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bleasy1
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Audio in timline, please simplify for me...

Jun 25, 2013 11:42 PM

Hey guys, Steve from England, I am used to premeiere elements 10 and when my film is on the timeline and i want to adjust the audio as i go along, i simply move the sliders and adjust and it stays like that without any further adjustments. Now in cs6 prem pro new to it? i have 4 audio tracks and three video tracks, during vows and speeches i am adding music and want to reduce at certain points with the sliders, but the thing is i have to watch the whole dam movie again to change track 1, then watch again for track 2 and so on, its driving me nuts. There must be a dam simpler way like elemnts 10 that uses just one slider, cmon guys this is supposed to be easier than elements or am i stupid...Help

 
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  • Currently Being Moderated
    Jun 26, 2013 7:16 AM   in reply to bleasy1

    I don't really understand what you're trying to accomplish, especially with you stating that you have to watch your video repeatedly to adjust each audio track.

     

    But I've also never used Premiere Elements.

     

    It sounds like you're using a multi-camera setup, and want to combine the audio from all of them.  Why?  You should stick with the 1 (or 2, if you need ambient sound) best audio sources.  You should also be editing it as a multi-camera sequence.  For details, visit http://helpx.adobe.com/premiere-pro/using/editing-multi-camera-sequenc es1.html

     

    If you still want to combine all the audio tracks together, you can create a nested sequence of just the audio, and then place it into your final sequence.  This will essentially put all of your audio on a single track, which you can then use track keyframes to adjust the levels throughout.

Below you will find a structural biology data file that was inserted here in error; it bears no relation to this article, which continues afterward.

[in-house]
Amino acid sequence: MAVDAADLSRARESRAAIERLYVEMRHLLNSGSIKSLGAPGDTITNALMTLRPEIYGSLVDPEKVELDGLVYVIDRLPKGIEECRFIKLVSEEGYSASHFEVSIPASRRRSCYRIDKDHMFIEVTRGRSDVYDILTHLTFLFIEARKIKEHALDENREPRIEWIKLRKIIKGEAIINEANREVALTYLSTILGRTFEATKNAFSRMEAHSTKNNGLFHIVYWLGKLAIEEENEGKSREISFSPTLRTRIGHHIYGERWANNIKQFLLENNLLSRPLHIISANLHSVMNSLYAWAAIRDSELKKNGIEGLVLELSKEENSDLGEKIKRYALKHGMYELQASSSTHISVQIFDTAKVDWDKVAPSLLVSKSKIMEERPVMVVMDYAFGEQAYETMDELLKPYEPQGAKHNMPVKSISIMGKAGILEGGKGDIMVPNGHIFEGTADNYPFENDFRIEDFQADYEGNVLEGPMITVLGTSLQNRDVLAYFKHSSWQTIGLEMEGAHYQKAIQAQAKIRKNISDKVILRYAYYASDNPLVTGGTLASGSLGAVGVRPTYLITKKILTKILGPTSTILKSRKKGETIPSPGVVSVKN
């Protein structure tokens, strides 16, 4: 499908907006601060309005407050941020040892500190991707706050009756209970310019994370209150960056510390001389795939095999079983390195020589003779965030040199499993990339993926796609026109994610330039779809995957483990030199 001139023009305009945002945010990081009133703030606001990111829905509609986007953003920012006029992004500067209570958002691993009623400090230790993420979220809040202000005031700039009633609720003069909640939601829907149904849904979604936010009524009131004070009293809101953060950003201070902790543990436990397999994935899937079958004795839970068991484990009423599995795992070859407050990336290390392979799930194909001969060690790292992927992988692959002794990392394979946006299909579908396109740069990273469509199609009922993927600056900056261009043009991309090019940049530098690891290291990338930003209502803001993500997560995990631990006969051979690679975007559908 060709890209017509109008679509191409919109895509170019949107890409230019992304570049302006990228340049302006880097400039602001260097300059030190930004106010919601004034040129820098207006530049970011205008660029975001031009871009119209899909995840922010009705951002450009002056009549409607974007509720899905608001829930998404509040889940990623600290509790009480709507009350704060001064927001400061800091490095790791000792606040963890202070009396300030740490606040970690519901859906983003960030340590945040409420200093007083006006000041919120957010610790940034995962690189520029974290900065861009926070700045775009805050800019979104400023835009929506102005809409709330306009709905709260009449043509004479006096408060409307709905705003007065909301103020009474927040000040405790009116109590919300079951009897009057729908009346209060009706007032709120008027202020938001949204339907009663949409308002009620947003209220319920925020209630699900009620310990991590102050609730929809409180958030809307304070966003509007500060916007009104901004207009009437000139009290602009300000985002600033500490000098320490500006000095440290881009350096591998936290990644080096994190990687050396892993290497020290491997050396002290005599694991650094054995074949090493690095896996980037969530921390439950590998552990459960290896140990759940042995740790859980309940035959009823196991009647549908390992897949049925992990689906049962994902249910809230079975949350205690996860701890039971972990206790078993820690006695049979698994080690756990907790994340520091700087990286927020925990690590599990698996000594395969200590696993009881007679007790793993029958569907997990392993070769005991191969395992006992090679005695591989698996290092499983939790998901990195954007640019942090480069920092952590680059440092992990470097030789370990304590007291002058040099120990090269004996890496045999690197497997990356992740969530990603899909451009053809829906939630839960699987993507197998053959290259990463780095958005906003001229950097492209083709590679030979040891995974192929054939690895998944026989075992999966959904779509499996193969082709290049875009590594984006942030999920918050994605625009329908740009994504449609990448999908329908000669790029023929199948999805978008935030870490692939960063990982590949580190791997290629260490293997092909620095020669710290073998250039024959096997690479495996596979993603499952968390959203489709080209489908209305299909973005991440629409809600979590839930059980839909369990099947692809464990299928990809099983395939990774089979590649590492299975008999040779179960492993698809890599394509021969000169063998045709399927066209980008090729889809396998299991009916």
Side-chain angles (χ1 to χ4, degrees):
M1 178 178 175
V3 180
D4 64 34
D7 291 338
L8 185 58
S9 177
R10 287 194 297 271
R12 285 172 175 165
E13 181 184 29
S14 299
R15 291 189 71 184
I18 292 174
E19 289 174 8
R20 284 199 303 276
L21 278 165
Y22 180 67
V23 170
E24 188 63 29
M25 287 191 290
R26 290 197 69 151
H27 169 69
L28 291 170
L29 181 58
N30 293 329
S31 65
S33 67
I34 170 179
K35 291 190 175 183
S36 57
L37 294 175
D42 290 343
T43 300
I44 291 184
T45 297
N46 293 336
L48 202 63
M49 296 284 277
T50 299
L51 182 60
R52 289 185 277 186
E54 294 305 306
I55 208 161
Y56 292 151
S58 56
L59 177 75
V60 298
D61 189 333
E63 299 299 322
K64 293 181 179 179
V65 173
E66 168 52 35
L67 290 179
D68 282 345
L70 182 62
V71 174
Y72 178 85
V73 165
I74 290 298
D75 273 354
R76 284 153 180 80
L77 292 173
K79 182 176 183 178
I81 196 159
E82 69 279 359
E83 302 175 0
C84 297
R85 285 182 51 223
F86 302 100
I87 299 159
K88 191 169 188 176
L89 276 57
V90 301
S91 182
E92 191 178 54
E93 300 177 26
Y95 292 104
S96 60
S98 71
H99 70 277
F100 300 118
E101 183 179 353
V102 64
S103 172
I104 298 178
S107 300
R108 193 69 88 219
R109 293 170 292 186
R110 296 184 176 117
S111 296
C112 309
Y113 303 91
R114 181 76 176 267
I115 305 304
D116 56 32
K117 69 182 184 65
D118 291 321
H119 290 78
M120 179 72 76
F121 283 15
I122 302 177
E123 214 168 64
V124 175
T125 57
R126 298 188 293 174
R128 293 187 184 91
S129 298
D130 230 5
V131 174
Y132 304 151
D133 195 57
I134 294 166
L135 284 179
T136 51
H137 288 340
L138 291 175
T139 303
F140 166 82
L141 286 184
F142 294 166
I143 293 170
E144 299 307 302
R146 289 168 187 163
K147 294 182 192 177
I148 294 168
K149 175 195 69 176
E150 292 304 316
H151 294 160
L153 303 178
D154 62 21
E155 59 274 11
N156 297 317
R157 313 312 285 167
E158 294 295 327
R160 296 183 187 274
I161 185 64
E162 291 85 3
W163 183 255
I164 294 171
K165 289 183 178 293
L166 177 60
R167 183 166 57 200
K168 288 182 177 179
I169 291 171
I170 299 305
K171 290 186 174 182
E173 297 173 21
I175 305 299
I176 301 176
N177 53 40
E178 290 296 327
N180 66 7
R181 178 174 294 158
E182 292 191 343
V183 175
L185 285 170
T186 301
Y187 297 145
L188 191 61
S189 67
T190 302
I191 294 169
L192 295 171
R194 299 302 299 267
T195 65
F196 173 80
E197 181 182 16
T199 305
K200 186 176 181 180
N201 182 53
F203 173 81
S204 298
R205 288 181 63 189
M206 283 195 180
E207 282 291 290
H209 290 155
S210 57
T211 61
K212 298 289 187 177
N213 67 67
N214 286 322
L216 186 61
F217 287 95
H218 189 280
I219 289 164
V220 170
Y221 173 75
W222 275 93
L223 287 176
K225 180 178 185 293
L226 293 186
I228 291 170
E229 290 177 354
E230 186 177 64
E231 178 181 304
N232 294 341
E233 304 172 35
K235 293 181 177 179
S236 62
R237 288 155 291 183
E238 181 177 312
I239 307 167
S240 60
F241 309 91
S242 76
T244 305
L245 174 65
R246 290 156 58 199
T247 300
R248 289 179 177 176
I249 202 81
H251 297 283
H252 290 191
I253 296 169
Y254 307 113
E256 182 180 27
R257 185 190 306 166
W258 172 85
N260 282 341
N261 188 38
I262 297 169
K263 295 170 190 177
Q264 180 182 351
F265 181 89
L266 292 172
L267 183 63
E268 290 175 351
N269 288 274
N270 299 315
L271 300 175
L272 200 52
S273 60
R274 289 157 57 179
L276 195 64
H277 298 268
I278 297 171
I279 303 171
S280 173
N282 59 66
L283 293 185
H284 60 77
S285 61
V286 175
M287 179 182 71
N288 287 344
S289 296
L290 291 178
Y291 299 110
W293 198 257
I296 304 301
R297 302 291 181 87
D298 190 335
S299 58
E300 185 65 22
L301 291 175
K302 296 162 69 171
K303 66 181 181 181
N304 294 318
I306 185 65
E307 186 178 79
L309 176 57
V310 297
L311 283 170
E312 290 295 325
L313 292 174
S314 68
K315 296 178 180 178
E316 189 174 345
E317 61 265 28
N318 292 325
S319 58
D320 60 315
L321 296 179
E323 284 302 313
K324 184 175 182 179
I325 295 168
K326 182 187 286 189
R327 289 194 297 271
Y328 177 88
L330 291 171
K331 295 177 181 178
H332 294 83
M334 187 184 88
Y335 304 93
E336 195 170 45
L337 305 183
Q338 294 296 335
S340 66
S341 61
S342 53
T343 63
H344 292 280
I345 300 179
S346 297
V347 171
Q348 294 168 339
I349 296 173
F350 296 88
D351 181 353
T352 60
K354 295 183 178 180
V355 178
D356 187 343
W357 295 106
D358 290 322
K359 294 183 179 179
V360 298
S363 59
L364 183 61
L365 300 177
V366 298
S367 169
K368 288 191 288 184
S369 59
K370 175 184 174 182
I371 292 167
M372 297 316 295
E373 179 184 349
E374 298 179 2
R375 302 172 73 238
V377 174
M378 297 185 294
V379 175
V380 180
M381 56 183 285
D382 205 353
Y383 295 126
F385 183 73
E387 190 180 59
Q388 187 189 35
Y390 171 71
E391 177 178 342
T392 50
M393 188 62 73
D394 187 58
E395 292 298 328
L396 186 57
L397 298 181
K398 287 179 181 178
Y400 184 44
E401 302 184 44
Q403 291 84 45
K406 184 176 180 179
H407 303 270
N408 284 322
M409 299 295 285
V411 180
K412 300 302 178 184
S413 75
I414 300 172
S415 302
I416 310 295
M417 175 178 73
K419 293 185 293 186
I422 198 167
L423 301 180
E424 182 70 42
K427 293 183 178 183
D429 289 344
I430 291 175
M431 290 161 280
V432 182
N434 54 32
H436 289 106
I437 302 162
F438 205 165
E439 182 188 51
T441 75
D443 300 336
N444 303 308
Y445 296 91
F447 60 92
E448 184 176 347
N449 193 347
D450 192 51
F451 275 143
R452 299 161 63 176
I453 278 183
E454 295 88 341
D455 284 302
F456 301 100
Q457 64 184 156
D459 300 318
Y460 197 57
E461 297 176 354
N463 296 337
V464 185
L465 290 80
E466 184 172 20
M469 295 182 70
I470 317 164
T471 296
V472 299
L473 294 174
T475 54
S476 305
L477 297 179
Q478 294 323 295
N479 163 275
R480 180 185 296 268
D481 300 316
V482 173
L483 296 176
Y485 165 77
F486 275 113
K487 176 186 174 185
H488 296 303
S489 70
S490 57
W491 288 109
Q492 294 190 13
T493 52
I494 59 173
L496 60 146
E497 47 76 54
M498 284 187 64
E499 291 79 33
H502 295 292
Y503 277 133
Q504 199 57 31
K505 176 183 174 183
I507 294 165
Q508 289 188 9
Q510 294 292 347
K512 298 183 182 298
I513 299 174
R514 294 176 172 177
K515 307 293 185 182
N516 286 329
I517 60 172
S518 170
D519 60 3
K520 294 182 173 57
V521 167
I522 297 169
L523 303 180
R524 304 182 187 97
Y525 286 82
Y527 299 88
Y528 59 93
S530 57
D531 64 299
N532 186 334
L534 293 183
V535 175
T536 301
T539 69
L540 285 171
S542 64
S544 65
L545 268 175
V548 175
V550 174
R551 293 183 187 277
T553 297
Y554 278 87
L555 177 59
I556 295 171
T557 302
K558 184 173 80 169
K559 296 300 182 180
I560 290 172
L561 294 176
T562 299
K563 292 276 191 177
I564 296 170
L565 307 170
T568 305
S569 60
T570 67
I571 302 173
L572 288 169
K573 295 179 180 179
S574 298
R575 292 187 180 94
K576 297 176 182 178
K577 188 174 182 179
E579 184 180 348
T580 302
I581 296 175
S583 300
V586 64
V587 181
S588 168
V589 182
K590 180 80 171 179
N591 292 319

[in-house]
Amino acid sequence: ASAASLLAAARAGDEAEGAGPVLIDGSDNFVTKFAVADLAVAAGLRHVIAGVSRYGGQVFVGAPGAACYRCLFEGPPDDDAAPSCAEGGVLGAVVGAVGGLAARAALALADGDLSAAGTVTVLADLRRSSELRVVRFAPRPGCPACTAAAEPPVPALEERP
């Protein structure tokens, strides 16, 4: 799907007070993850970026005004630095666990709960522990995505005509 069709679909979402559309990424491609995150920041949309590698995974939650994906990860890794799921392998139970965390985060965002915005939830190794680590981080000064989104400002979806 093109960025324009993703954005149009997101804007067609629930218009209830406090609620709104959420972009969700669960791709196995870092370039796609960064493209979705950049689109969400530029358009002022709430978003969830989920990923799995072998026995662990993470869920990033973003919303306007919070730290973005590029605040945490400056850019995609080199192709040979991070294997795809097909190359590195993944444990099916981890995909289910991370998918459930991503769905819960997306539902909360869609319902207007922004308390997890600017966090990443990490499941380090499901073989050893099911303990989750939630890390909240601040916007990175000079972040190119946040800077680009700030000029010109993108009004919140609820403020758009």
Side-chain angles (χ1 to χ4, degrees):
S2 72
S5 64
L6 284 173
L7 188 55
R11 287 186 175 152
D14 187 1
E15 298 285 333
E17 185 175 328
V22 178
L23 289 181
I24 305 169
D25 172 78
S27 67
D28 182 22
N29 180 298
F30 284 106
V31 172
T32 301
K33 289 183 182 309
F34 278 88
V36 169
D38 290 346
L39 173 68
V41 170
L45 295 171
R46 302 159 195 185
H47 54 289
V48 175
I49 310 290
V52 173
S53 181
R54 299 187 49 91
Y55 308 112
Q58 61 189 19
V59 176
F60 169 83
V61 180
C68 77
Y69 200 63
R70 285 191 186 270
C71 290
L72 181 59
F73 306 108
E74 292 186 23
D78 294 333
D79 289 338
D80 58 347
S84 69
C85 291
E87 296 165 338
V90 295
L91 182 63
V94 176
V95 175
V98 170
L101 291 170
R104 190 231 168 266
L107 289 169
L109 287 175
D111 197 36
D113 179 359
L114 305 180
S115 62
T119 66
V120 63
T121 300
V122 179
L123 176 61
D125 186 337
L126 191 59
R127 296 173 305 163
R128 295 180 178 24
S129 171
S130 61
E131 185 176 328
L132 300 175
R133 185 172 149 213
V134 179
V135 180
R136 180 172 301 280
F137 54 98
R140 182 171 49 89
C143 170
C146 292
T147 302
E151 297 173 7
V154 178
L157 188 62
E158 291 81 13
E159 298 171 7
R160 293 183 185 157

Let me know if you have any questions!

     
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  • Currently Being Moderated
    Jun 26, 2013 7:59 AM   in reply to joshweiland

    I've also never used Elements. Also never use the "Audio Mixer" in Premiere - I just use keyframes in the audio clips to adjust volume levels right in the timeline.

     

    On each audio track, hit the twirly to open up the audio track to see the waveform, and there is a yellow line running across and that is the volume. Click and drag up or down with mouse to affect volume. Use Ctrl-click to add a keyframe (node) to the yellow line. Add two of these close together and then drag the second one down to "ramp down the volume", two more later to "ramp up" again. That is how I control levels for multiple audio tracks on weddings and stage events using 3 or more mics.

     

    I do believe in the audio mixer that you can "latch" the audio so that you can adjust on the fly while playing video and your changes will be added to the timeline, but probably kind of hard to manage in realtime with multiple tracks. Like I said, I just don't use the mixer at all, never have. I just work my way along the timeline previewing and adjusting as I go.

     

    Another little trick for audio - rather than ramping the sound up and down with keyframes, maybe you want the audio ON, then OFF, such as when switching mics in a wedding edit. You can just use the Razor to put a cut where you want to fade out a mic, then drag volume all the way down on clip segment following the cut, and drop an audio dissolve onto the cut to fade it smoothly, and you can adjust length of that transition as needed. So more than one way to do things.

     

    Note that if you use the "MultiCam" feature to edit the video, you only get one track of audio and still need to go back later and rework all of that, so I don't even use MC and just do it all in my timeline. There's not really a right or wrong way, just whatever methods you are comfortable using.

     

    Thanks

     

    Jeff Pulera

    Safe Harbor Computers

     
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    Jun 27, 2013 8:50 PM   in reply to bleasy1

    cmon guys this is supposed to be easier than elements

     

    Actually the other way around.  As the names imply, Elements is for the amateur, and is easier to use.  Premiere Pro is for the professional, and is far more capable, but that capability does also add complexity and a steeper learning curve.

     
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